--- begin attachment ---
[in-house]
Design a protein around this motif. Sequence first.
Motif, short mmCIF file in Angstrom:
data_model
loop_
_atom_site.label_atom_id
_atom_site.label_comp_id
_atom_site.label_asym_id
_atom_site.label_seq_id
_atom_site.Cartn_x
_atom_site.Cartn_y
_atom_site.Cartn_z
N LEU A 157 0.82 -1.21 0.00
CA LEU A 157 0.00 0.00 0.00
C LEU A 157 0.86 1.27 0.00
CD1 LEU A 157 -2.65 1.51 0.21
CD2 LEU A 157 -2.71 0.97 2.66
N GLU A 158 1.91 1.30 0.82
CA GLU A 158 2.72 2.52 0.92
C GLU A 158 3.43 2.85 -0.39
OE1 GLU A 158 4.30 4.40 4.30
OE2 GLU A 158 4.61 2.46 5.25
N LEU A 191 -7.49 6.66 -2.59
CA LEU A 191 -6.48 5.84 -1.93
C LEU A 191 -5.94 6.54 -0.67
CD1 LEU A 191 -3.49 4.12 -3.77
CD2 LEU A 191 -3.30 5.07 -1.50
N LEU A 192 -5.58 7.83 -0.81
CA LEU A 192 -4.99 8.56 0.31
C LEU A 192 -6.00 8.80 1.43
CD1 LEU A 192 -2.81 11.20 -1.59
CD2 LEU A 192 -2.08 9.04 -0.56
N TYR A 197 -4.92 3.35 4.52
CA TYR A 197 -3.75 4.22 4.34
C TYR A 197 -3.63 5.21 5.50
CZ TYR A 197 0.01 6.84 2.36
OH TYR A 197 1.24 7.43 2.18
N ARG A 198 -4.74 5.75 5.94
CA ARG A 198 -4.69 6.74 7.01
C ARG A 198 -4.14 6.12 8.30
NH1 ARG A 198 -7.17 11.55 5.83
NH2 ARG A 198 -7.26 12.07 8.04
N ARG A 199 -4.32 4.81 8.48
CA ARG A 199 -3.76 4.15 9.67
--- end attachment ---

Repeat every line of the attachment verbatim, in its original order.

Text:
[in-house]
Design a protein around this motif. Sequence first.
Motif, short mmCIF file in Angstrom:
data_model
loop_
_atom_site.label_atom_id
_atom_site.label_comp_id
_atom_site.label_asym_id
_atom_site.label_seq_id
_atom_site.Cartn_x
_atom_site.Cartn_y
_atom_site.Cartn_z
N LEU A 157 0.82 -1.21 0.00
CA LEU A 157 0.00 0.00 0.00
C LEU A 157 0.86 1.27 0.00
CD1 LEU A 157 -2.65 1.51 0.21
CD2 LEU A 157 -2.71 0.97 2.66
N GLU A 158 1.91 1.30 0.82
CA GLU A 158 2.72 2.52 0.92
C GLU A 158 3.43 2.85 -0.39
OE1 GLU A 158 4.30 4.40 4.30
OE2 GLU A 158 4.61 2.46 5.25
N LEU A 191 -7.49 6.66 -2.59
CA LEU A 191 -6.48 5.84 -1.93
C LEU A 191 -5.94 6.54 -0.67
CD1 LEU A 191 -3.49 4.12 -3.77
CD2 LEU A 191 -3.30 5.07 -1.50
N LEU A 192 -5.58 7.83 -0.81
CA LEU A 192 -4.99 8.56 0.31
C LEU A 192 -6.00 8.80 1.43
CD1 LEU A 192 -2.81 11.20 -1.59
CD2 LEU A 192 -2.08 9.04 -0.56
N TYR A 197 -4.92 3.35 4.52
CA TYR A 197 -3.75 4.22 4.34
C TYR A 197 -3.63 5.21 5.50
CZ TYR A 197 0.01 6.84 2.36
OH TYR A 197 1.24 7.43 2.18
N ARG A 198 -4.74 5.75 5.94
CA ARG A 198 -4.69 6.74 7.01
C ARG A 198 -4.14 6.12 8.30
NH1 ARG A 198 -7.17 11.55 5.83
NH2 ARG A 198 -7.26 12.07 8.04
N ARG A 199 -4.32 4.81 8.48
CA ARG A 199 -3.76 4.15 9.67